An advance unit of hundreds of Chadian troops, backed up by a column of tanks, arrived at Cameroon's northern border town of Kousseri Jan. 17, greeted with cheers by local residents terrorized by Boko Haram. The intervention force, approved by Chad's parliament, is to number in the thousands. Days earlier, most of the residents of nearby Kolofata were forced to flee after an attack by Boko Haram. Cameroon troops killed 143 insurgents in a gun battle that lasted more than four hours, the army said. Boko Haram leader Abubakar Shekau this month threatened Cameroon's President Paul Biya in an online video. Biya sent some 1,000 troops to the border to fight Boko Haram after the wife of deputy premier Amadou Ali was captured in July by suspected militants. A French-led initiative calls for Nigeria, Niger, Cameroon and Chad to contribute 700 troops each to a multinational force against Boko Haram. (Press TV, Jan. 18; AFP, Jan. 17; BBC News, Bloomberg, Jan. 16)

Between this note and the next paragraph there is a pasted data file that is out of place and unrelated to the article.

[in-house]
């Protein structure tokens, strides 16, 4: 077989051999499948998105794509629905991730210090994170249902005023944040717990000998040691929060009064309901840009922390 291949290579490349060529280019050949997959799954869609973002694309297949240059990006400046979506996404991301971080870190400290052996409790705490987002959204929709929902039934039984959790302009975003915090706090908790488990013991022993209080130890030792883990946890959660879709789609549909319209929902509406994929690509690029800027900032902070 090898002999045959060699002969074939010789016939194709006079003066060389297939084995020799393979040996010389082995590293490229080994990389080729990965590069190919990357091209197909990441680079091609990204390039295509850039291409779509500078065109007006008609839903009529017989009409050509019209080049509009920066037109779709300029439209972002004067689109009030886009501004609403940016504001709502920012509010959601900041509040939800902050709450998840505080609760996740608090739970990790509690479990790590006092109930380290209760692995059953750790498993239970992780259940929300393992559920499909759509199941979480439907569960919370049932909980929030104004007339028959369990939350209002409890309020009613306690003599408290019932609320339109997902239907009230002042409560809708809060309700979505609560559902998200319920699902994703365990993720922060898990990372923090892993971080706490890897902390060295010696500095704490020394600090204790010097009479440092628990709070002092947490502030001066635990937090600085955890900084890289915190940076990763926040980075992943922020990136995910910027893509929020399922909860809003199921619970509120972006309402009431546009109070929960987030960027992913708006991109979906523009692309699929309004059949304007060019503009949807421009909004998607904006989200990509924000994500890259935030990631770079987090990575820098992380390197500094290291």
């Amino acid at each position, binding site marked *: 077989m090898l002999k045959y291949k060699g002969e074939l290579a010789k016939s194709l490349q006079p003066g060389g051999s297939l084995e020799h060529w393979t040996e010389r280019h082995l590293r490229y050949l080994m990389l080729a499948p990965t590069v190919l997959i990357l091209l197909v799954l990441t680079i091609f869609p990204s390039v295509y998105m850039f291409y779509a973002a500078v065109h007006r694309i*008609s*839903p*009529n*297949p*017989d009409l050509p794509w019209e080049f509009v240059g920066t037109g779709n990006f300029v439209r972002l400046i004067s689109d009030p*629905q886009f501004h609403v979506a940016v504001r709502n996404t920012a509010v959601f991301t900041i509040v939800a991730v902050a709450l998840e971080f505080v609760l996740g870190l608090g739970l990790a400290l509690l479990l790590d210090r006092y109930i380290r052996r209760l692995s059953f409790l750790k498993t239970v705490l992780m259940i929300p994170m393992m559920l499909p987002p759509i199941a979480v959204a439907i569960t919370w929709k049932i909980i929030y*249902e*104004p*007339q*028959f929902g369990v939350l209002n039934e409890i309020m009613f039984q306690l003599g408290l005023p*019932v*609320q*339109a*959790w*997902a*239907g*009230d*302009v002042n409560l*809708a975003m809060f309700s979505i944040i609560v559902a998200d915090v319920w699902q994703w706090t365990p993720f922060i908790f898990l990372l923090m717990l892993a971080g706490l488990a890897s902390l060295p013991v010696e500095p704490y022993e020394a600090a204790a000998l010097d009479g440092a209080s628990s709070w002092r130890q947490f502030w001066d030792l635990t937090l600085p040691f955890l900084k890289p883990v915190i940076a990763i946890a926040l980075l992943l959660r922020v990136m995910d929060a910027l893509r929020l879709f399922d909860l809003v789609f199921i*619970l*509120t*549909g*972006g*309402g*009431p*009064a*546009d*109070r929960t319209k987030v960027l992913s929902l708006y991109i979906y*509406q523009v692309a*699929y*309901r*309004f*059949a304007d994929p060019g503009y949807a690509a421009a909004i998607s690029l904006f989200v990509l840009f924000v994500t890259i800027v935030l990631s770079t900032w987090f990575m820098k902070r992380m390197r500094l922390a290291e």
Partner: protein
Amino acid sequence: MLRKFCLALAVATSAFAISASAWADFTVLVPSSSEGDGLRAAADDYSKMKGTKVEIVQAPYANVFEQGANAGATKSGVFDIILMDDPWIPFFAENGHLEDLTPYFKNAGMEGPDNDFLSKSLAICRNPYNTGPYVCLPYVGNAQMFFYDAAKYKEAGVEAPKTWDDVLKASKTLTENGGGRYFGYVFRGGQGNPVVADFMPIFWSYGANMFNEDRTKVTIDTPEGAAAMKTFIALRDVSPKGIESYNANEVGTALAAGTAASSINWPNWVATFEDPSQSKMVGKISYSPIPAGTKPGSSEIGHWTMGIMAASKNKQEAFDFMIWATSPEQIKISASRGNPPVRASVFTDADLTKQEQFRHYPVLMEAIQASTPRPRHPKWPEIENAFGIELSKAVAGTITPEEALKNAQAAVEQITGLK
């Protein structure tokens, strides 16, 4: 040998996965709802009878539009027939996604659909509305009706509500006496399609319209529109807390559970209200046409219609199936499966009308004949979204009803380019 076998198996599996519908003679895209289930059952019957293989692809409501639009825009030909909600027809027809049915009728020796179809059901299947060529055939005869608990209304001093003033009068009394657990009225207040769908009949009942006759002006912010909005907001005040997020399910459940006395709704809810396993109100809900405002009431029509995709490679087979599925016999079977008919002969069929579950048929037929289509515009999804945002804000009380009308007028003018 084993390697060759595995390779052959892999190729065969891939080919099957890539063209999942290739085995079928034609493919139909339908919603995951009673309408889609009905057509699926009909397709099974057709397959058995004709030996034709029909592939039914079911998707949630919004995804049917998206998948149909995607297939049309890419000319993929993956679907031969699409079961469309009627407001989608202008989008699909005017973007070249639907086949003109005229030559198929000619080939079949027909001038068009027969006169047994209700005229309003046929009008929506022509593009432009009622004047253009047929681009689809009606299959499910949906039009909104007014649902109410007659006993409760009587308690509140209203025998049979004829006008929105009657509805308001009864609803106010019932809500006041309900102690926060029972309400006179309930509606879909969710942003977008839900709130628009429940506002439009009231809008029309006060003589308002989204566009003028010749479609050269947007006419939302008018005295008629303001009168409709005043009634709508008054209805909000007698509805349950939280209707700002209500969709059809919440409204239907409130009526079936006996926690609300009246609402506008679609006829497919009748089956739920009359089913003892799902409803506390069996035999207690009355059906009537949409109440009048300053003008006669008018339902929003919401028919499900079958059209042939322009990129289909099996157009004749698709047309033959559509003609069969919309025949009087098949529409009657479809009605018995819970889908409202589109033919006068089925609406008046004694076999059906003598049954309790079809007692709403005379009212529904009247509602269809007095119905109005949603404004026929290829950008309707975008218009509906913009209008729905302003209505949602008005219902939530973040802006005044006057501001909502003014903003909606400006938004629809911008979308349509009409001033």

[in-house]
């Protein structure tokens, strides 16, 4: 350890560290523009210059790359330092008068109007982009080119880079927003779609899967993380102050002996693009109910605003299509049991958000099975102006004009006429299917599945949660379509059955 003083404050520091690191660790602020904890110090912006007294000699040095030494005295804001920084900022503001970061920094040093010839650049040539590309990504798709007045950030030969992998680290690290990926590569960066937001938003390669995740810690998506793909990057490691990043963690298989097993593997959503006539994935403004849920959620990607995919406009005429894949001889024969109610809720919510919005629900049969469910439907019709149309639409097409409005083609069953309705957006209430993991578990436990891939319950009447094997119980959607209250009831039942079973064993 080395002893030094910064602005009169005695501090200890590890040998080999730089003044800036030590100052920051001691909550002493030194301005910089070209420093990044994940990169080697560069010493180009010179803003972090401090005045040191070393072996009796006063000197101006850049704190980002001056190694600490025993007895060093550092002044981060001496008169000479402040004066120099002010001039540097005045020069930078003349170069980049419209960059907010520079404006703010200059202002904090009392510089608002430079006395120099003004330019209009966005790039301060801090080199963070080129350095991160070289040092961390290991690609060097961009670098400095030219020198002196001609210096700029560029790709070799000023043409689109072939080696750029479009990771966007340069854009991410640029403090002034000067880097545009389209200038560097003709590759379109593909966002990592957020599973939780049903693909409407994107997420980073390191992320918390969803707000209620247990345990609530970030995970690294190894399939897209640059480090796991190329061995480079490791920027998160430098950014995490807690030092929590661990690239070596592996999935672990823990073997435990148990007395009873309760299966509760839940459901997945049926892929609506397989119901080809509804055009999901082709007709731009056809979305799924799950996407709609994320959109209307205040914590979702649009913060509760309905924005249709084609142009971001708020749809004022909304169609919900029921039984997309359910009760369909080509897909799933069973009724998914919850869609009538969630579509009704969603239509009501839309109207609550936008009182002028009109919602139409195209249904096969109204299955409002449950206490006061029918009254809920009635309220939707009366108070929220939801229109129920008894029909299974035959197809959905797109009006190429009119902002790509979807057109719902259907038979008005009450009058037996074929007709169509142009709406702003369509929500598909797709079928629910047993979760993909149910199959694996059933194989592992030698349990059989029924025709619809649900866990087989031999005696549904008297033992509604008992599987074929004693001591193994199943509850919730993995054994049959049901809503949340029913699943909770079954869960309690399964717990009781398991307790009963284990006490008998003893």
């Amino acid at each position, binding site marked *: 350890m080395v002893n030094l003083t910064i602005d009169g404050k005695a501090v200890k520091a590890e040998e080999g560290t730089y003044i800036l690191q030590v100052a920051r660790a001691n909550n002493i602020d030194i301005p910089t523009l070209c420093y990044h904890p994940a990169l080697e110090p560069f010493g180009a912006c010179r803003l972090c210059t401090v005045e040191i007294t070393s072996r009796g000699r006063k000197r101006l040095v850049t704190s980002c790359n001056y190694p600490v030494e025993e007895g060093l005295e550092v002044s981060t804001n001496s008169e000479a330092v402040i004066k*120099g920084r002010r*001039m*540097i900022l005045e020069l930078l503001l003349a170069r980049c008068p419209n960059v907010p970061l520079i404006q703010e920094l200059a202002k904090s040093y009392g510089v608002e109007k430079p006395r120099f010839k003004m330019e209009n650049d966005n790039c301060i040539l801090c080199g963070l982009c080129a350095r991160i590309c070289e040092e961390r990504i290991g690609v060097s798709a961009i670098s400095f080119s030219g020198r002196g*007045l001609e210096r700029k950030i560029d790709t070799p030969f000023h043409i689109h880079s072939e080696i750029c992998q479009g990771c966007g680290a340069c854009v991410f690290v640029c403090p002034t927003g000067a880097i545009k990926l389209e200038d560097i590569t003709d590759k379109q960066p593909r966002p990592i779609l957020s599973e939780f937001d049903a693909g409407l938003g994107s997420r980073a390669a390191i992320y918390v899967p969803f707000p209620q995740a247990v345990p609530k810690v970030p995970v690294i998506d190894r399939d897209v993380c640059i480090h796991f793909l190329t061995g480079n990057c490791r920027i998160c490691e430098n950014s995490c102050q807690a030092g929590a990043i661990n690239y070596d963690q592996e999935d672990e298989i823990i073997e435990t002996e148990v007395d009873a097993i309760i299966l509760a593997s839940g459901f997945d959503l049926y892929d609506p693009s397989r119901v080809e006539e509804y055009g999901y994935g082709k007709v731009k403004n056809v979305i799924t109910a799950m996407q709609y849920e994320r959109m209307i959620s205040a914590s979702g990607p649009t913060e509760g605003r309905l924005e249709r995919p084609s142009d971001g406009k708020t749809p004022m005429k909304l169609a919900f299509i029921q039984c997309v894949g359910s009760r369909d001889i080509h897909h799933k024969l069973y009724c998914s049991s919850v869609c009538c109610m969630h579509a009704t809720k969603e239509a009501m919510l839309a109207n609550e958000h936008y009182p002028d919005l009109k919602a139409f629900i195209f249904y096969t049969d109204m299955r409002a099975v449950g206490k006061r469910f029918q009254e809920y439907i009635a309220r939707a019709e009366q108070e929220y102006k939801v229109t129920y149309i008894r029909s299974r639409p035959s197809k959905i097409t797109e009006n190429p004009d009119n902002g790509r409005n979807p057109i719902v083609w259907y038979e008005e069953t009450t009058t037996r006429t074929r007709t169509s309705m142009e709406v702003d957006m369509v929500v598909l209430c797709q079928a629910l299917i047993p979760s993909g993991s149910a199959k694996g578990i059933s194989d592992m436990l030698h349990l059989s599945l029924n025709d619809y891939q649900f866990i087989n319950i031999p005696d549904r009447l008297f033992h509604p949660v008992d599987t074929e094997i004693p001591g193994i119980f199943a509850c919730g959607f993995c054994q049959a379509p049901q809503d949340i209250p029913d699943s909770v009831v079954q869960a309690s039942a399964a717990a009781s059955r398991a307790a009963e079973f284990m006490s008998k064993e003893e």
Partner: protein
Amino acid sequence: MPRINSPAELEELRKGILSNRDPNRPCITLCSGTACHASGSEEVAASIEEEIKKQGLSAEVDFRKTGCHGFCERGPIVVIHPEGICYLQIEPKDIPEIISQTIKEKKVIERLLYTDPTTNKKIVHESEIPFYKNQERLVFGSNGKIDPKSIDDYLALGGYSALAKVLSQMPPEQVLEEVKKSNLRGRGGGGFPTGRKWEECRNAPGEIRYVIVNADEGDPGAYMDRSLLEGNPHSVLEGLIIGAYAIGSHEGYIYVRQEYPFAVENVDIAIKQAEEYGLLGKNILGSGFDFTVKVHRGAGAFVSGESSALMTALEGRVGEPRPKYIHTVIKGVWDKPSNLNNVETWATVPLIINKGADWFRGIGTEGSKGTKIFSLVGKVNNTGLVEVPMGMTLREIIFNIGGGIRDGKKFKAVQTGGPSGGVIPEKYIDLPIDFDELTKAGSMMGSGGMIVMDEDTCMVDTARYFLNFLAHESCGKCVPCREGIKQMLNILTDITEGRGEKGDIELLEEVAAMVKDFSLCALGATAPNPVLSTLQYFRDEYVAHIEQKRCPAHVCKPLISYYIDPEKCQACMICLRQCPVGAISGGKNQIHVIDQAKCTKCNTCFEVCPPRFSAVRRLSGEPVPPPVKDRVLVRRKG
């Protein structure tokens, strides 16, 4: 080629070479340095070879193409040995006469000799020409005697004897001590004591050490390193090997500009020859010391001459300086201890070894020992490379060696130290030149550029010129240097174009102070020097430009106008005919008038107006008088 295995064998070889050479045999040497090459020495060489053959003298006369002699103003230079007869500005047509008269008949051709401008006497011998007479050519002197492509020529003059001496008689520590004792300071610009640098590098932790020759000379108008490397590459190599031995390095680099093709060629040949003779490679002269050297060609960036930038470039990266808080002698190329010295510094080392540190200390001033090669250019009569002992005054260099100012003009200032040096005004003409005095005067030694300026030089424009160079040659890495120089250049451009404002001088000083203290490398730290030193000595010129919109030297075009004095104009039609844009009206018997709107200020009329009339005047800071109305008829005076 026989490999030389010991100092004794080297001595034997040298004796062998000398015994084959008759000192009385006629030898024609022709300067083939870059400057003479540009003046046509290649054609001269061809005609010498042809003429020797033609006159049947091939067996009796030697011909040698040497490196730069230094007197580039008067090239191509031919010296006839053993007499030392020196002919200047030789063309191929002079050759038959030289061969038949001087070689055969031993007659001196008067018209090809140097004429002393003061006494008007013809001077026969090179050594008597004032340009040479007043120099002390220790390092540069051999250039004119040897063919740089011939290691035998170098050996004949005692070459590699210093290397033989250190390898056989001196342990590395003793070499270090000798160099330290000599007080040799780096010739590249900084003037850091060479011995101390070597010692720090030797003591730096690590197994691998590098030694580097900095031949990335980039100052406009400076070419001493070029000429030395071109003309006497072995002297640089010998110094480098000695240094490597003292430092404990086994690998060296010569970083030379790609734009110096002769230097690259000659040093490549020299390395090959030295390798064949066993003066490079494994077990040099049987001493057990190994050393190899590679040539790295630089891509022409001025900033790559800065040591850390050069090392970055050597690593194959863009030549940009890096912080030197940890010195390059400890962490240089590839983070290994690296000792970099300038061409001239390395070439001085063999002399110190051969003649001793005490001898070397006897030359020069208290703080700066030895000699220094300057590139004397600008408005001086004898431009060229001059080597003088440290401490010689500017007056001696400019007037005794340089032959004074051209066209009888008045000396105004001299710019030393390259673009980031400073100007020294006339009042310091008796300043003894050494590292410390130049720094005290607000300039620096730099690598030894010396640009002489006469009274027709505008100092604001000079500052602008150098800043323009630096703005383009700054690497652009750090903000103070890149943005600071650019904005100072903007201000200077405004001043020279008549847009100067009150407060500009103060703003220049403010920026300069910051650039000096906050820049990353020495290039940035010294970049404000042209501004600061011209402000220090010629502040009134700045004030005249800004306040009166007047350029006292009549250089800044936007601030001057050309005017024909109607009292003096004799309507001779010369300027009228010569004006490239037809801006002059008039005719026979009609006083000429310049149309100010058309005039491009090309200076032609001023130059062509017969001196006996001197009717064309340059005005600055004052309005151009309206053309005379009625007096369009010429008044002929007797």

At least eight have been were killed and scores injured in Niger in two consecutive days of angry protests over the Charlie Hebdo affair. The French cultural center was attacked and several churches burned. Protests began outside the grand mosque of capital Niamey Jan. 16, and quickly spread to other parts of the country. Police in Algiers fired on protesters with rubber bullets after rioting broke out at an anti-Charlie march Jan. 17. In Pakistan a local photographer was hit by gunfire and seriously wounded in protests outside the French consulate in Karachi. Angry protests are also reported from Afghanistan. A demonstration in Chora district, Uruzgan province, followed Friday prayers at a local mosque where a cleric asked worshippers to rally in support of the Charlie attackers, who he praised as "true mujahedeen." (EuroNews, AFP, BBC News, News24, Jan. 16)